Money can be a terrifying, overwhelming presence in your mental real estate.
Whether you’re straining under the weight of debt, fear looking at your bank account, or simply don’t earn enough money to live comfortably, it’s not surprising that managing your personal finance can easily take up the top slot on the list of your biggest causes of stress.
The Covid-19 hasn’t helped matters, ushering in job loss, decreased earnings, and lifestyle changes that have the potential to send your spending into an unhealthy cycle.
So it’s not a shock to learn that millennials have seen a ‘sharp rise’ in money-related anxiety in the last year – but it is helpful to know that if you’re feeling worried about your finances, you’re not the only one.
A new report from Mintel analyses the financial state of older millennials – the ones currently aged 31 to 40.
This group are ‘Britain’s most indebted generation’, says the report, and ‘while pre-pandemic they were fairly relaxed about this status, now there’s been a rapid increase in their anxiety about their current debt levels.
In June 2019, just 27% of older millennials said they were ‘uncomfortable’ with their current level of debt, while in 2020, this jumped up to more than a third (35%).
The Mintel research reveals that 39% of older millennials have unsecured debt of more than £2,000; far above the average of 26% of all UK adults having this same amount of debt.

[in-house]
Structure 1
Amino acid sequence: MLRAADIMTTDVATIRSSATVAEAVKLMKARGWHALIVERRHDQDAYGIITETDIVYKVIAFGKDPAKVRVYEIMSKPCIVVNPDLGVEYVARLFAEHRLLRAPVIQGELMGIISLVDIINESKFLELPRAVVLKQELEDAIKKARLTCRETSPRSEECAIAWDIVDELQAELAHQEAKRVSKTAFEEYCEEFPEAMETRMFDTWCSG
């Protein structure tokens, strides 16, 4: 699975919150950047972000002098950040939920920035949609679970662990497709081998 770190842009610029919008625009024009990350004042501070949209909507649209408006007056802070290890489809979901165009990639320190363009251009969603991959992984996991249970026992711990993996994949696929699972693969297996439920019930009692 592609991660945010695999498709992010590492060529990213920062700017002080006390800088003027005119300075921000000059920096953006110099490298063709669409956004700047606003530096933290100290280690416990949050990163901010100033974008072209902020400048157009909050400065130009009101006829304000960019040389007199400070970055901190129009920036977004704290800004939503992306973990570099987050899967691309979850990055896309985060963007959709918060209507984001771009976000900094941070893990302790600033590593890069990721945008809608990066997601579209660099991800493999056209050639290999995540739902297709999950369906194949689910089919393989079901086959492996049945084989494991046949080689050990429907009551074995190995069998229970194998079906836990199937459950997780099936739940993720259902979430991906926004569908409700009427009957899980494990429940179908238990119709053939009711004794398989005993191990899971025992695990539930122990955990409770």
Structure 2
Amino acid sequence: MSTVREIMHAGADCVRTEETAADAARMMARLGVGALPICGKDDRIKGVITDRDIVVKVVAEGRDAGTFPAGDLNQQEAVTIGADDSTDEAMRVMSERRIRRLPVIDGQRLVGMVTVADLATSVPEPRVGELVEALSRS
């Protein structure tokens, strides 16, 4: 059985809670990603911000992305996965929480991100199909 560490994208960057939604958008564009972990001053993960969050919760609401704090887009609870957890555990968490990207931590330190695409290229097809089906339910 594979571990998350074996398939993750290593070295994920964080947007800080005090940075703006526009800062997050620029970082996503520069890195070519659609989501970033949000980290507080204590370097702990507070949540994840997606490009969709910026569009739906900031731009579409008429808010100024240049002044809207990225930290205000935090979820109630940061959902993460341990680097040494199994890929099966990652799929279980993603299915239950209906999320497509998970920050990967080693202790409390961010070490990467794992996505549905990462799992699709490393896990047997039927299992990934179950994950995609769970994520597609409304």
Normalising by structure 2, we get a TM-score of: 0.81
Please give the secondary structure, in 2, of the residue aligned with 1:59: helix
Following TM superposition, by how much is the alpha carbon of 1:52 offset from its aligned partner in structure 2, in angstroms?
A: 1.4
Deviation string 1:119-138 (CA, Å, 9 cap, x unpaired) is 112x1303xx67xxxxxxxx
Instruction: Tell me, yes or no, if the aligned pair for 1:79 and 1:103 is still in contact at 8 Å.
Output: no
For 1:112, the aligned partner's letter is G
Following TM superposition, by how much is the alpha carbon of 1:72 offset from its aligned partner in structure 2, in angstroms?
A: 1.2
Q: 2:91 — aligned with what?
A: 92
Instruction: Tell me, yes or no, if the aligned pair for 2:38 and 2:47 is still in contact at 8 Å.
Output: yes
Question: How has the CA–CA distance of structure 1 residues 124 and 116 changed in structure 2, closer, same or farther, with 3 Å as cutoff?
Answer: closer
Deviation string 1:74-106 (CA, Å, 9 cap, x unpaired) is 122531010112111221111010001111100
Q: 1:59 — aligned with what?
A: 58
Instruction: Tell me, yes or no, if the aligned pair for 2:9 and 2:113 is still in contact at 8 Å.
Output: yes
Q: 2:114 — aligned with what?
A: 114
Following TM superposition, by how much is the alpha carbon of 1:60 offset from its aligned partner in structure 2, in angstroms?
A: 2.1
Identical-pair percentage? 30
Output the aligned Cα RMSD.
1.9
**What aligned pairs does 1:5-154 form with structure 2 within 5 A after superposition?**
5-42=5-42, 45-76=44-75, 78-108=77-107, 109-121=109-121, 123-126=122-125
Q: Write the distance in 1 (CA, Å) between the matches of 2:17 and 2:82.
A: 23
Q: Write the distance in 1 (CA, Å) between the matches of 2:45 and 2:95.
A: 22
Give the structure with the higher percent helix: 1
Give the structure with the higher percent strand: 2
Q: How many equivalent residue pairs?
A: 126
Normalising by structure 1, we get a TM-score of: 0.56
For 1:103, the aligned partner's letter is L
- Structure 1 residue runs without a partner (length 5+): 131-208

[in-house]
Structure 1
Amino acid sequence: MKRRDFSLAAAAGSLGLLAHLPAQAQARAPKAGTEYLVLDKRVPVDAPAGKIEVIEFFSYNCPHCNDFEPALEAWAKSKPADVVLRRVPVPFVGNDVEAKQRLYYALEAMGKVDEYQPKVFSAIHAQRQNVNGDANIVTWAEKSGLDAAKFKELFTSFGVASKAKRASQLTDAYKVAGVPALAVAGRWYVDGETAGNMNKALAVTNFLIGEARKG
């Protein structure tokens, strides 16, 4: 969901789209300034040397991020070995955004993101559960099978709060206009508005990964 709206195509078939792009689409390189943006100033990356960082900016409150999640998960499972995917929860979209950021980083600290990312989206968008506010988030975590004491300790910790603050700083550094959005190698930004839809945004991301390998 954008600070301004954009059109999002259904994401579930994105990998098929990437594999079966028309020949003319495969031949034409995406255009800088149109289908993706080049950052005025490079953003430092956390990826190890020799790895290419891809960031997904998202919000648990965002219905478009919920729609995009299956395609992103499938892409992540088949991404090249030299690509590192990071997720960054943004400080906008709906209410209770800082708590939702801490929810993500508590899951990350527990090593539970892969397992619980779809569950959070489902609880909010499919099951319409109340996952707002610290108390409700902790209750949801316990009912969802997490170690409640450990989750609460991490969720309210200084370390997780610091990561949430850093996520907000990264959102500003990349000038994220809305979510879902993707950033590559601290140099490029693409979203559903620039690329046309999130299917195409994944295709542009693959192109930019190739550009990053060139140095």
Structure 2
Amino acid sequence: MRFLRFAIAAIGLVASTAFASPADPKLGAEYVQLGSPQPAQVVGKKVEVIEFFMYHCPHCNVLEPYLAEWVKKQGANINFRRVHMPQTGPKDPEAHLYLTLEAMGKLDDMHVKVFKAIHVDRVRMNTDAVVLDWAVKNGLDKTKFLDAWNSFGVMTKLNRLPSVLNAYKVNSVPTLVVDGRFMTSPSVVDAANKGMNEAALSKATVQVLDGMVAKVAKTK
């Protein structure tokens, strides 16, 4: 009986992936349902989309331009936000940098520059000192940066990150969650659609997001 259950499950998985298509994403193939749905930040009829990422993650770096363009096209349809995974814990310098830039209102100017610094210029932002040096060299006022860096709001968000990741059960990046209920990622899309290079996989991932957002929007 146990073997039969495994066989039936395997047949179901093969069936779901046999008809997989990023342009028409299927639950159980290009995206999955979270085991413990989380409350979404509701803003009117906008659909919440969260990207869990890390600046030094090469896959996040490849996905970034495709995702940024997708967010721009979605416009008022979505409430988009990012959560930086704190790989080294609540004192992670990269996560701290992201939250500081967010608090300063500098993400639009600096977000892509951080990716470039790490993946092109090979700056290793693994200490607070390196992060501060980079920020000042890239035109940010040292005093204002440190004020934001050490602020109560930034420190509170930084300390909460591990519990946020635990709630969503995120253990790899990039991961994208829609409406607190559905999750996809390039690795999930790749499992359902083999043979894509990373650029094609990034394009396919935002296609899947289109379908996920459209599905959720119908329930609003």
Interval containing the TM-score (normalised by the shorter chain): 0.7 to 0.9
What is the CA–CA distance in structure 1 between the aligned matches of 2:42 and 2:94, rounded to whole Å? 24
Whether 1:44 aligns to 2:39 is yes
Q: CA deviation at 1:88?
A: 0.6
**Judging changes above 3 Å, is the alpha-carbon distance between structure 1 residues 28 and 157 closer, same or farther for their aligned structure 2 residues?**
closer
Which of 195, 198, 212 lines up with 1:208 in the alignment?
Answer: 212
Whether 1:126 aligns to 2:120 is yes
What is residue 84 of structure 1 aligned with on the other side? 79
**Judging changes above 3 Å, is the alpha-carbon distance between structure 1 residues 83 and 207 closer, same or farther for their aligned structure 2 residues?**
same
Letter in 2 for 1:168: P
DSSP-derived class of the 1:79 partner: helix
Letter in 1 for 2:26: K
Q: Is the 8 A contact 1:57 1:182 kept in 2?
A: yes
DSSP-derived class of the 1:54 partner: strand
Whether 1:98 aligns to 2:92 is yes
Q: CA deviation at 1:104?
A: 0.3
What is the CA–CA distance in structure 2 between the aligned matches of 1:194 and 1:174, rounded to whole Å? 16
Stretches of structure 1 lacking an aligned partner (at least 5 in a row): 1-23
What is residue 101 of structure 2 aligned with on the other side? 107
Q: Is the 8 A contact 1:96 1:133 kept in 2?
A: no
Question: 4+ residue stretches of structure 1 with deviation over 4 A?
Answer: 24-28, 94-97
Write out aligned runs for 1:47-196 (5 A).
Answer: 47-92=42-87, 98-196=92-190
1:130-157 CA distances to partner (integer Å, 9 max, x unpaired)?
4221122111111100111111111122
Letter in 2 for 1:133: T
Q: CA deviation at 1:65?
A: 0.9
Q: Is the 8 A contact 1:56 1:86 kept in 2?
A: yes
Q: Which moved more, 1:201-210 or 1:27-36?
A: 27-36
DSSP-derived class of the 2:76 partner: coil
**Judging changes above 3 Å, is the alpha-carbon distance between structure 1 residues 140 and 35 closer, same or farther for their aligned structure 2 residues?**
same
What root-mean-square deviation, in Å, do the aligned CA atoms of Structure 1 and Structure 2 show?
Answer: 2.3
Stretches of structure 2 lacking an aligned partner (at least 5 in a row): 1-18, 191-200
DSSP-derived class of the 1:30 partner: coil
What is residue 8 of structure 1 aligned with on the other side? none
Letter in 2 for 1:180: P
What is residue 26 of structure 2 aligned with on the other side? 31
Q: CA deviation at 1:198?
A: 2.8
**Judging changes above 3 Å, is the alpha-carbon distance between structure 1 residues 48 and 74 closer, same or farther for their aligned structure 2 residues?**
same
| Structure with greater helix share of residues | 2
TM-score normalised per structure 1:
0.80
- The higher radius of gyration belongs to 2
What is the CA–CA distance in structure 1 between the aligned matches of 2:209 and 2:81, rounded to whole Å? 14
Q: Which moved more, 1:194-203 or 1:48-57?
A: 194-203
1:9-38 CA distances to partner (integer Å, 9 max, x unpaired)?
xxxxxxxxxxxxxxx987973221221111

This group say they have put off making large purchases on credit because of the uncertainty brought on by coronavirus, and that their debt – and the stress associated with it – has had a negative impact on their relationships.
Millennials as a whole (meaning those currently aged between 21 and 40) feel uncertain about their finances.
Those surveyed said they do not trust themselves with debt, and four in ten said they would be too embarrassed to talk to friends and family abou debt – preventing them from asking for help when they need it.
Thomas Slide, senior research analyst, said: ‘Before COVID-19, older Millennials were, by far, the most heavily indebted age group, having relied on unsecured debt over the past few years.
‘Despite this, they had also been fairly relaxed about the scale of their borrowing. The economic shock caused by lockdown has shaken their confidence.
‘As a result, the pandemic looks set to trigger a sea-change moment in Older Millennials’ attitudes towards debt.
‘Many will look to reduce the amount they owe and are likely to adopt a more cautious approach to borrowing and consumer spending even after the crisis has passed.
‘Not only will this pose a threat to overall consumer spending, but it will also mean lenders will need to reassess one of their main target groups.’
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